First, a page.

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Book group discussion - 'On Chesil Beach'

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So, what did you all think of 'On Chesil Beach’ then?

Here are my thoughts


I liked it.I liked it much more than ‘Atonement’, but not as much as ‘Saturday’ by the same author. I will almost certainly read it again.


I thought it was beautifully written, & the scenes in the hotel when they were eating their meal were really atmospheric. I did however keep thinking it was set in the 40’s rather than the 60’s….maybe because of Florence’s rather straight laced views. It is a book about a very particular type of Englishness.

The scenes at their dinner were so tense that they were almost claustrophobic – really brilliantly written. The French Kissing scene was just so well written it made me shiver (but not in a good way!)


I loved the way that Florence may act in a particular way & Edward totally misreads her actions & attitudes. I did wonder if the author was hinting at abuse of some kind in Florences childhood?

I am not sure why not attempt at reconciliation was made after the wedding – that didn’t really ring true for me.


On a personal note, I really enjoyed reading this book as a lot of it was set in this area. Stonor is the next village down from mine & Turville which is the village Edward was brought up in is the gorgeous village used for the filming of ‘The Vicar Of Dibly’ This meant I could visualise the walks Edward went on really well, which is nice to be able to do.

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I agree Cinnamon, especially about the atmoshere at the meal, with the giggling waiters etc. You could sense the tension.


The rejection by her donnish mother had a major part in making Florence unresponsive I reckon.


Their situation can't have been that unusual. People were still inhibited and uncertain in the 1960s and I think it perfectly possible that Florence wouldn't have known what to "expect".


The lack of reconcilliation didn't ring true for me either.


At that time, and in that layer of "society" there was still stigma and shame attached to divorce and separation, and I found that aspect of the story just didn't ring true.


Much of the writing was beautiful....the description of Edward's mothers accident and subsequent illness, and how it was never spoken of was very moving, as was the fathers coping strategy.


For me the book had a superb beginning and middle and a poor, not very credible end.


On the whole I enjoyed it though.

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I have "ordered" it from the library (in case I get time to read it as well as March's book), but it's not in yet. Neither is "Brick Lane" I may have some severe catching up to do. :(


I will avoid reading this thread until I do get to read it. I do think the Book Club is a really great idea Cinnamon. :D

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i thought the book was set even earlier than the forties at first! It was reeally only when they mentioned going to the cinema that I cottoned on (silly me).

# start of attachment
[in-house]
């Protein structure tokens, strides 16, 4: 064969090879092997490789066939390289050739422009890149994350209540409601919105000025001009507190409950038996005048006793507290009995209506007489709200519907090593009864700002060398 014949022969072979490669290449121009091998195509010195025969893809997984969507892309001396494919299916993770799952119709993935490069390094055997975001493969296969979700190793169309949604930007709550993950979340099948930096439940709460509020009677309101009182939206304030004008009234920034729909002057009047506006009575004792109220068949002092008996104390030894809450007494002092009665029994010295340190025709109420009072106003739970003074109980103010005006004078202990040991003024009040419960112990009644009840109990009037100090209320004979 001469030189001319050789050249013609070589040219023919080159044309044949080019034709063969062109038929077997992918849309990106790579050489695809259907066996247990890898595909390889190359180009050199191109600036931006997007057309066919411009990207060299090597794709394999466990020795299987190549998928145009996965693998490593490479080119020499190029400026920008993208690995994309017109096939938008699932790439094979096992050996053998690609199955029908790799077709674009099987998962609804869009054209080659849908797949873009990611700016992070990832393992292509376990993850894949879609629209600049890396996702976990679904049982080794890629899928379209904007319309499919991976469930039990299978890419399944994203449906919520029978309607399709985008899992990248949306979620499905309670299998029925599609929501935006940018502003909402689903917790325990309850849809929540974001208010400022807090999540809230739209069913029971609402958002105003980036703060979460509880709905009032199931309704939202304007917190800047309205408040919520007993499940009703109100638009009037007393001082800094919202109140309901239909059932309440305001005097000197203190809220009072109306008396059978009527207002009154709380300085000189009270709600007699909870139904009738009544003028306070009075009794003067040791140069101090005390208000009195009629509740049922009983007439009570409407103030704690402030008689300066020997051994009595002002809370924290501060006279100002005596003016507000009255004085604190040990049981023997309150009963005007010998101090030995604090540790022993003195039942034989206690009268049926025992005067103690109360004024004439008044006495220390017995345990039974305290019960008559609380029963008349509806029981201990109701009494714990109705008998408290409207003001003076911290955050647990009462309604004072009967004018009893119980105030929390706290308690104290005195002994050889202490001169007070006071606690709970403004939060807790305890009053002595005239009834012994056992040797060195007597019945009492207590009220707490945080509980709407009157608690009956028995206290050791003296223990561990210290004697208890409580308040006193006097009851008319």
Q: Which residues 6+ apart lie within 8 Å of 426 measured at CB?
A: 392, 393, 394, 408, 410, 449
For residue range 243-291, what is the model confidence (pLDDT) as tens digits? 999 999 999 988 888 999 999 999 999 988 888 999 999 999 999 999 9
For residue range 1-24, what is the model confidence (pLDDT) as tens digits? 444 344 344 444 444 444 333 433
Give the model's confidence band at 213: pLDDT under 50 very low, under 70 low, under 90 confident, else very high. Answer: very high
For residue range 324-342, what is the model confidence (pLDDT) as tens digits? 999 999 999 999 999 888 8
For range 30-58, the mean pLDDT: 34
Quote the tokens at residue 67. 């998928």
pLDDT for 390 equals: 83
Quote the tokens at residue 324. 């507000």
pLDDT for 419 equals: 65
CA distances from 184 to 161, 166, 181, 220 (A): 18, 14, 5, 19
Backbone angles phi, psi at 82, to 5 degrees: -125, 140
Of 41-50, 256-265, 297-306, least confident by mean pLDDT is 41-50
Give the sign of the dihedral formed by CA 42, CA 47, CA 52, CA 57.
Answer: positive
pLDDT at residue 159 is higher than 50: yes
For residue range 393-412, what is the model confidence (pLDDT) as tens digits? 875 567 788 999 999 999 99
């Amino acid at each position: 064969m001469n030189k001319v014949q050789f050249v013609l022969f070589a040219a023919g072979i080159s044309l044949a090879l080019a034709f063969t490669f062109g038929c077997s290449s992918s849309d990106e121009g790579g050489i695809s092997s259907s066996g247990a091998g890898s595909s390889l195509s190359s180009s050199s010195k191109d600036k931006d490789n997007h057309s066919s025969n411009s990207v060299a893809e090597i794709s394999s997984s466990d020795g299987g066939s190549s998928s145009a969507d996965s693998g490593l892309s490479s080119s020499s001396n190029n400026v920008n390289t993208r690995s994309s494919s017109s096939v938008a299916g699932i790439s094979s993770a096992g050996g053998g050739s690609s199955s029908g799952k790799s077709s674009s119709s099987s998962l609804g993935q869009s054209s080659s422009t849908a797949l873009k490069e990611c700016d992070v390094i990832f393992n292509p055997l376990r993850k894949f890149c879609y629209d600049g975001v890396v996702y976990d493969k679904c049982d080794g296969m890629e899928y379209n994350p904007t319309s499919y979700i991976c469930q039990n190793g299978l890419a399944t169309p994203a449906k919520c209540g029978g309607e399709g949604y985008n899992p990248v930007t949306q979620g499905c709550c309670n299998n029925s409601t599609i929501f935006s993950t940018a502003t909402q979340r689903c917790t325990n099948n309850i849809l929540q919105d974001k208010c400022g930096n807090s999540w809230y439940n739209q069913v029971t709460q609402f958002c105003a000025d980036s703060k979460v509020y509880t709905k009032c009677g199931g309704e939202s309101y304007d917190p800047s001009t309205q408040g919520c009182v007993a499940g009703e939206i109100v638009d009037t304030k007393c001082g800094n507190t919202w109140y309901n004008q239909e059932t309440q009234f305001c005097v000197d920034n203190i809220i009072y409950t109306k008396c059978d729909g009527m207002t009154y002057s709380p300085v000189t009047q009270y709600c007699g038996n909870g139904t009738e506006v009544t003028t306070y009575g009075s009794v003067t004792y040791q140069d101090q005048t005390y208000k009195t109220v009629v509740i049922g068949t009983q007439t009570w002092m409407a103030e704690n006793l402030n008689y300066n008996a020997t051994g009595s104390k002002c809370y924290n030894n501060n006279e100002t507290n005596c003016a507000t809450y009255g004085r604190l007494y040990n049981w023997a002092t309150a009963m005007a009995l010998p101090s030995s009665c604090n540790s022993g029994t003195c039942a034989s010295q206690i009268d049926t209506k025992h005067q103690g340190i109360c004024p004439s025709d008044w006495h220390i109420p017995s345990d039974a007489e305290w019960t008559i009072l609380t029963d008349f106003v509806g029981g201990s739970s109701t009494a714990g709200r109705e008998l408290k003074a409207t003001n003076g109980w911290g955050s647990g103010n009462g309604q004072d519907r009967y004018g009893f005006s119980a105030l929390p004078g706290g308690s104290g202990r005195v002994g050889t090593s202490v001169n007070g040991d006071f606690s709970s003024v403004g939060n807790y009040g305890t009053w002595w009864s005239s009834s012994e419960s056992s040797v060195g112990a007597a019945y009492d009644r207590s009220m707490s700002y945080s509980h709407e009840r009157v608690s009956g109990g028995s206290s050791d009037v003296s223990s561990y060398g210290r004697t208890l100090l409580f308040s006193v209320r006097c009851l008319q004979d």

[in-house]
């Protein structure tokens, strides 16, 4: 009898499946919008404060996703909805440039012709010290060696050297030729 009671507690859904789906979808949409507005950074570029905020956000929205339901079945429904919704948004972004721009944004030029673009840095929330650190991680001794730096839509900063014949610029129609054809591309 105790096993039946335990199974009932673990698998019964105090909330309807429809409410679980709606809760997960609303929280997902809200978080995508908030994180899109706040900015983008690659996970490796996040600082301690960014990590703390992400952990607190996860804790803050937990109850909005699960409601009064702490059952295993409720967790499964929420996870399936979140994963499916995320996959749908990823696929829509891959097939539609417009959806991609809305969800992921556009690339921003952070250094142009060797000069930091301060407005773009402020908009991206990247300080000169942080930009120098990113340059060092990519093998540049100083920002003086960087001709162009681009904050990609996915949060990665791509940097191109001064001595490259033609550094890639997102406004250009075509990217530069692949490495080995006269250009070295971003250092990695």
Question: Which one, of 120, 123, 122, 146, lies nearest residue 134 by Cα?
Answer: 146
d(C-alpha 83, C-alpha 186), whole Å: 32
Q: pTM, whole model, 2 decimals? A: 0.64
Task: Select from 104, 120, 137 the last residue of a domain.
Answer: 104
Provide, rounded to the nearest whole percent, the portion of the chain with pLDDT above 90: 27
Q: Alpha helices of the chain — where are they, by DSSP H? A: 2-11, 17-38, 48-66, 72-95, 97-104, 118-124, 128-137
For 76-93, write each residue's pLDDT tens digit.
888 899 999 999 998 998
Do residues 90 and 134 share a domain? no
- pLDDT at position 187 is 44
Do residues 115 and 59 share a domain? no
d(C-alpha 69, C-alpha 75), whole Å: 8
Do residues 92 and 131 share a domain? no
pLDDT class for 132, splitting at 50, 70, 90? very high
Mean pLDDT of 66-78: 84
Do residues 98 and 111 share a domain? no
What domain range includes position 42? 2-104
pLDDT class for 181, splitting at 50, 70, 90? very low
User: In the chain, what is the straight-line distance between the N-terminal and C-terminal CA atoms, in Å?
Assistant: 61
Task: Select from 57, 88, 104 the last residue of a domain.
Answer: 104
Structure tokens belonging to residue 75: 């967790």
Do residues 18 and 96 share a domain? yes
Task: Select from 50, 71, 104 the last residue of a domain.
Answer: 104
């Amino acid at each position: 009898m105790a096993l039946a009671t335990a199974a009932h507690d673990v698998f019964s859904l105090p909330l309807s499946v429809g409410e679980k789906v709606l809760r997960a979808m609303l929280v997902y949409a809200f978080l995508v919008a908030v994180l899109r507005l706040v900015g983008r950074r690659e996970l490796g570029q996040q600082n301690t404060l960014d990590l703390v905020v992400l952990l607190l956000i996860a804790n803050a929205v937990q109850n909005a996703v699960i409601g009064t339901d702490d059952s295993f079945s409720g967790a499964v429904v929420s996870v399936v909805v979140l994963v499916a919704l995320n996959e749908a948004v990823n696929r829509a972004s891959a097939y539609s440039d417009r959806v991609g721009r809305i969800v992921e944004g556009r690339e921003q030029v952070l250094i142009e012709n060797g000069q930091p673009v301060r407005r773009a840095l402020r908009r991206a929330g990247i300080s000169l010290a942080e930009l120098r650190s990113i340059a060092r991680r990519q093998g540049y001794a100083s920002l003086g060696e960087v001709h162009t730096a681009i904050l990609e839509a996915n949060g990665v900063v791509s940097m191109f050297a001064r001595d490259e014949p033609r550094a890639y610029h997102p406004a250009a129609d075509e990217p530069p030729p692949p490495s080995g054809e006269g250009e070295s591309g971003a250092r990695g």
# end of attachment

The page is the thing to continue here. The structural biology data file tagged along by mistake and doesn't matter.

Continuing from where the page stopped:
I too thought the ending was not very believable - on the last page it says about how much Florence loved him and was just waiting to hear him call out to her and just cos he didnt, well it didnt take much to make her give it all up did it?

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I agree Egluntine - the brilliant pace and tension of the first four sections was lost for me in the rather 'and they all lived unhappily ever after' rush to the end.


I was shocked - I was expected the last section to be on the same lines, and a similar timescale to the first. We heard about what Edward did afterwards, but only an oblique reference to Florence's life afterwards. We got equal measures of their life before they met, so I wondered why the last chapter seemed to be all about Edward and not about her.


I do agree that the description of the dinner and the hotel room and so on were very vibrant and created an atmosphere that kept me reading to see 'what happens next'. I think there is a very definite reference to Florence having been abused in her childhood - she thinks of 'memories which she had long ago decided were not really hers'.


I really enjoyed the descriptions of the different families - especially Edward's mother and father and the way they dealt with their problems. The author was a bit more sketchy about Violet and Geoffrey Ponting, and I would have liked to know a bit more about their reaction to the marriage. They were obviously quite wealthy, Edward wasn't - did they really accept him so readily as a son-in-law?


They are an ill-matched couple in a lot of ways - he has next to no knowledge of classical music which is her life, she knows nothing about the countryside, or about history - and they don't really communicate about feelings. I wonder quite why they got as far as marriage?

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I wouldn't say that I "enjoyed" this book, but I did find it very interesting.

As I listened to the audio version (read by Ian McEwan), there was quite a long interview at the end where he talked about the book and what he nearly put in it but decided not to. Apparently he considered putting in a passage about Edward visiting the red light district. Also he was going to write of Edward seeing a newspaper article about Florence's father being convicted for the assault of a 12 year old . There are actually quite a lot of references in the book to Florence not being comfortable in the company of her father and her distaste for him.